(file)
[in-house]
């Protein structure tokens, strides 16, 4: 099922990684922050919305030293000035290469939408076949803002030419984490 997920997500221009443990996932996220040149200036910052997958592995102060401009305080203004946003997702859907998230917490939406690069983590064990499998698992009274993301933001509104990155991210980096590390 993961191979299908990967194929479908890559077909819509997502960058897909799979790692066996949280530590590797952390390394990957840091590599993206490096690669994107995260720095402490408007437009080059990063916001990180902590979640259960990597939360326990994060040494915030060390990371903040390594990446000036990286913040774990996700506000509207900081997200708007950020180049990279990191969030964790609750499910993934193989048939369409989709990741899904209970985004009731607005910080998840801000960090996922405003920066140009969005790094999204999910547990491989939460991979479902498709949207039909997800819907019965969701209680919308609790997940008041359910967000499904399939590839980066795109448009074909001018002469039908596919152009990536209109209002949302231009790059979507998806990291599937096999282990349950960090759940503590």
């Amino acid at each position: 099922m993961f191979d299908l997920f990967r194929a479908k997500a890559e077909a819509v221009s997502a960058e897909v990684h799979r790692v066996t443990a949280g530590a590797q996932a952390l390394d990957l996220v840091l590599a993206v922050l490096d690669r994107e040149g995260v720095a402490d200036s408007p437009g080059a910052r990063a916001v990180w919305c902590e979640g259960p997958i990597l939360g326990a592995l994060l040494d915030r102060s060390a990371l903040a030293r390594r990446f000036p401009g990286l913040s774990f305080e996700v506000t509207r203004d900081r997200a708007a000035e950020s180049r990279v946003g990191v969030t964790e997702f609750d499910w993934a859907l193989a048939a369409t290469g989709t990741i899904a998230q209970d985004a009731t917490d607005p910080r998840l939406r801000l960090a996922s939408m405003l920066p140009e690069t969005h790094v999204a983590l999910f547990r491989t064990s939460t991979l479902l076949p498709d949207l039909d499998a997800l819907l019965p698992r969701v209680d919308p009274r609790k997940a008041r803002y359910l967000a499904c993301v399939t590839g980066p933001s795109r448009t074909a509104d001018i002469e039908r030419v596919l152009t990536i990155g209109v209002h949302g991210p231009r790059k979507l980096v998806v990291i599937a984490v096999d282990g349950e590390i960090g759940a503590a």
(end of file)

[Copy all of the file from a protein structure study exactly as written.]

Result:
[in-house]
């Protein structure tokens, strides 16, 4: 099922990684922050919305030293000035290469939408076949803002030419984490 997920997500221009443990996932996220040149200036910052997958592995102060401009305080203004946003997702859907998230917490939406690069983590064990499998698992009274993301933001509104990155991210980096590390 993961191979299908990967194929479908890559077909819509997502960058897909799979790692066996949280530590590797952390390394990957840091590599993206490096690669994107995260720095402490408007437009080059990063916001990180902590979640259960990597939360326990994060040494915030060390990371903040390594990446000036990286913040774990996700506000509207900081997200708007950020180049990279990191969030964790609750499910993934193989048939369409989709990741899904209970985004009731607005910080998840801000960090996922405003920066140009969005790094999204999910547990491989939460991979479902498709949207039909997800819907019965969701209680919308609790997940008041359910967000499904399939590839980066795109448009074909001018002469039908596919152009990536209109209002949302231009790059979507998806990291599937096999282990349950960090759940503590």
């Amino acid at each position: 099922m993961f191979d299908l997920f990967r194929a479908k997500a890559e077909a819509v221009s997502a960058e897909v990684h799979r790692v066996t443990a949280g530590a590797q996932a952390l390394d990957l996220v840091l590599a993206v922050l490096d690669r994107e040149g995260v720095a402490d200036s408007p437009g080059a910052r990063a916001v990180w919305c902590e979640g259960p997958i990597l939360g326990a592995l994060l040494d915030r102060s060390a990371l903040a030293r390594r990446f000036p401009g990286l913040s774990f305080e996700v506000t509207r203004d900081r997200a708007a000035e950020s180049r990279v946003g990191v969030t964790e997702f609750d499910w993934a859907l193989a048939a369409t290469g989709t990741i899904a998230q209970d985004a009731t917490d607005p910080r998840l939406r801000l960090a996922s939408m405003l920066p140009e690069t969005h790094v999204a983590l999910f547990r491989t064990s939460t991979l479902l076949p498709d949207l039909d499998a997800l819907l019965p698992r969701v209680d919308p009274r609790k997940a008041r803002y359910l967000a499904c993301v399939t590839g980066p933001s795109r448009t074909a509104d001018i002469e039908r030419v596919l152009t990536i990155g209109v209002h949302g991210p231009r790059k979507l980096v998806v990291i599937a984490v096999d282990g349950e590390i960090g759940a503590a």